Deadline for full application: December 15th, 2013


Interviews: March, 2014

Start of the Ph.D.: October 1st, 2014




Department: Virology

Title of the PhD project: Molecular and cellular mechanisms of retroviral particles formation and transmission via cell contacts

Name of the lab: Structural Virology Unit, “ Cell dynamics and viral transmission” Team

Head of the lab: F.A. REY

PhD advisor: M.-I. THOULOUZE

Email address:

Web site address of the lab:

Doctoral school affiliation and University: Physiologie et Physiopathologie, Université Paris 6.

(To be redefined)


Presentation of the laboratory and its research topics:

Our group is part of the Structural Virology Unit headed by Félix Rey, in the Department of Virology. In addition to its leading expertise in Structural virology, the unit brings together scientists with different areas of expertise including Cell biology of viral infections.

Ongoing work of our group is focused on studying virus transmission via cell-cell contacts, with a particular interest in human retroviruses transmission between T lymphocytes. We recently discovered a new mode of virus transmission involving viral biofilms and occuring through transient intercellular contacts between infected cells and target cells (1, 2).


Description of the project:

Scientific background: Junctions formed by T lymphocytes may be subverted by human retroviruses (HIV-1 and HTLV-1) to escape immune responses and to disseminate into its host. Recent studies by our group and others, have shown that HIV-1 and HTLV-1 infection of T lymphocytes impairs their capacity to form immune synapses, specialized junctions between T lymphocytes and antigen presenting cell triggering T cell activation (3). Moreover, human retroviruses use some cellular mechanisms involved in the formation of immune synapses to generate contacts between infected and target T lymphocytes, promoting direct cell to cell spread (named virological synapses) , which represents the major mode of retroviral transmission (4). Thus, human retroviruses may modulate T lymphocyte properties and reshape the formation of intercellular junctions between infected T lymphocytes and other immune cells, that are key for immune responses and virus spread.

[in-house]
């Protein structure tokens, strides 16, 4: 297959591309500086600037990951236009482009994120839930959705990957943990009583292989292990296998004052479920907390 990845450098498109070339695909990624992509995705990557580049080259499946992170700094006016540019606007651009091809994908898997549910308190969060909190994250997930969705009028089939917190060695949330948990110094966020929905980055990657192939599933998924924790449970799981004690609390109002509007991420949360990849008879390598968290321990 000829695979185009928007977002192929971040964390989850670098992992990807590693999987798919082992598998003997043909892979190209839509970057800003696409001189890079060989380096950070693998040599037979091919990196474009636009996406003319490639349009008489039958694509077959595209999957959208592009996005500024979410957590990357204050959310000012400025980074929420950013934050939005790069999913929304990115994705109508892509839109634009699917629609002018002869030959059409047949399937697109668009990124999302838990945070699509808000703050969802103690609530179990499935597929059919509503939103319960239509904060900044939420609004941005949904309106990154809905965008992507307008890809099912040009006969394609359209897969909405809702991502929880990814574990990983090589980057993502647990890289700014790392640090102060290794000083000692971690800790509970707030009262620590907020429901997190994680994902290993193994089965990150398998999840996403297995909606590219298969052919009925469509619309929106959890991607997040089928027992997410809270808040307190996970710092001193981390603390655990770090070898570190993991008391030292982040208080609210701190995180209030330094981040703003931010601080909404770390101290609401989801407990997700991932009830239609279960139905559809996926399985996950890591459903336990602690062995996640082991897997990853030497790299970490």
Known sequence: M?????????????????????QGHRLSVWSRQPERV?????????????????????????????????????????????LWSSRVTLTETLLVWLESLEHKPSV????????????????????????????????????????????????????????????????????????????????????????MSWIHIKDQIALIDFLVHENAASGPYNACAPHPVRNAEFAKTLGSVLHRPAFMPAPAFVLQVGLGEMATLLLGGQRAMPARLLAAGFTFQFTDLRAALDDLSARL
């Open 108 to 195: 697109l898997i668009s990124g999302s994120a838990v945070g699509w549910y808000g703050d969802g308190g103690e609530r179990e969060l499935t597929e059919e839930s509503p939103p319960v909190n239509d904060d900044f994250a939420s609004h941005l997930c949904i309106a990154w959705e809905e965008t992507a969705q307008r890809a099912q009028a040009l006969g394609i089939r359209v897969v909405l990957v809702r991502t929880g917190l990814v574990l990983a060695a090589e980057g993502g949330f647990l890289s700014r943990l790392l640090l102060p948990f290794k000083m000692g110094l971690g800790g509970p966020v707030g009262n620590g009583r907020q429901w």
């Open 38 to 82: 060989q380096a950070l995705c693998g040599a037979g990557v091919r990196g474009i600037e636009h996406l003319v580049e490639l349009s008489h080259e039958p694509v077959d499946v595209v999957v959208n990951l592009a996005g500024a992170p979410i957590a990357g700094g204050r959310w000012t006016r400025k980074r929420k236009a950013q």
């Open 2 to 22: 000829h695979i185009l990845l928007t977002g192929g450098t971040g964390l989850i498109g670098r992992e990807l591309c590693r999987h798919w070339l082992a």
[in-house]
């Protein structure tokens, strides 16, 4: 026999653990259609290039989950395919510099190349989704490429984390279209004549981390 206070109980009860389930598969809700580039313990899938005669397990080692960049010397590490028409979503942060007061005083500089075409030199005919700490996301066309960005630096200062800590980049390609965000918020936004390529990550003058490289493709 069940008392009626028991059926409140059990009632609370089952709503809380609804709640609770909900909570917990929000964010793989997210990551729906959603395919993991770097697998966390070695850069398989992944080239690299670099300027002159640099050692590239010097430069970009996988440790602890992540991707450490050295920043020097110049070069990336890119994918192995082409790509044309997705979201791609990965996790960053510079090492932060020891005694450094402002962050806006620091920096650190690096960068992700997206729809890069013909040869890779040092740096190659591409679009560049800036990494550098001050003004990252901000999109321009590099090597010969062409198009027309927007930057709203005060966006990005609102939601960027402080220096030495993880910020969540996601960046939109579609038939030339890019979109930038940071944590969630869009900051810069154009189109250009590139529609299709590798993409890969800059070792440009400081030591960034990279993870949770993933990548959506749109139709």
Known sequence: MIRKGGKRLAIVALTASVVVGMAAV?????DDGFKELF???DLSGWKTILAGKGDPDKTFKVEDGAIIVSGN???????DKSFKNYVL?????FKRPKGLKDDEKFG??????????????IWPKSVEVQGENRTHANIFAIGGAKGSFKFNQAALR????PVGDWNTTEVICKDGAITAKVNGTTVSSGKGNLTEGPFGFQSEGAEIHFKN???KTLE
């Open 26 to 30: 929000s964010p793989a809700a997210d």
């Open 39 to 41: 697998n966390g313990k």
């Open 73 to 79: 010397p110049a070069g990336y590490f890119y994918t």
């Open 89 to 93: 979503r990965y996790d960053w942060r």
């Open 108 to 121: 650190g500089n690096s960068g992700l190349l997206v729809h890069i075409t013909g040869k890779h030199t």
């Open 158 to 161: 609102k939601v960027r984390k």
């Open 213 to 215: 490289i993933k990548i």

Objectives : The goal of this project is to elucidate the role of a BAR-domain containing protein during retrovirus infection. This protein, whose expression is drastically modulated by both HIV-1 and HTLV-1 infection, is a multifunctional protein known to interact with cell membranes, sensing membrane curvature, but also with many regulators of actin cytoskeleton network. By regulating cortical tension and intracellular traffic, it is involved in the formation of epithelial cell junction and in cell migration. Its role in T lymphocyte biology is largely unknown. Our recent data, using RNA interference, revealed a key role of this protein in T cell cortical tension and in immune synapses stability (unpublished data), suggesting that this cellular factor could be important for viral particle morphogenesis and/or viral transfer via cell contacts (nature and/or dynamics of contacts).

This project, at the interface between virology and cell biology, will use advanced microscopy techniques on live cells along with molecular biology, cell biology and biophysics approaches.



1. Pais-Correia et al. Nature Medicine 2010; Thoulouze et al. Trends in Microbiology 2011

3. Thoulouze et al. Immunity 2006

4. Sol-Foulon et al. EMBO Journal 2007


Keywords: Virology, Cell biology, Virus transmission, Human retroviruses, T lymphocyte, cell junctions, cell dynamics, Human Immunodeficiency Virus Type 1 (HIV-1), Human T cell Leukemia Virus type 1 (HTLV-1).


Expected profile of the candidate: We are looking for a motivated and talented student interested in understanding fundamental aspects of virology and cell-cell communication. The successful candidate will have the opportunity to learn various scientific and technical expertises and to interact with leading researchers in the field.


Contact: Maria-Isabel Thoulouze, PhD, HDR.  Email:

Mis à jour le 16/09/2013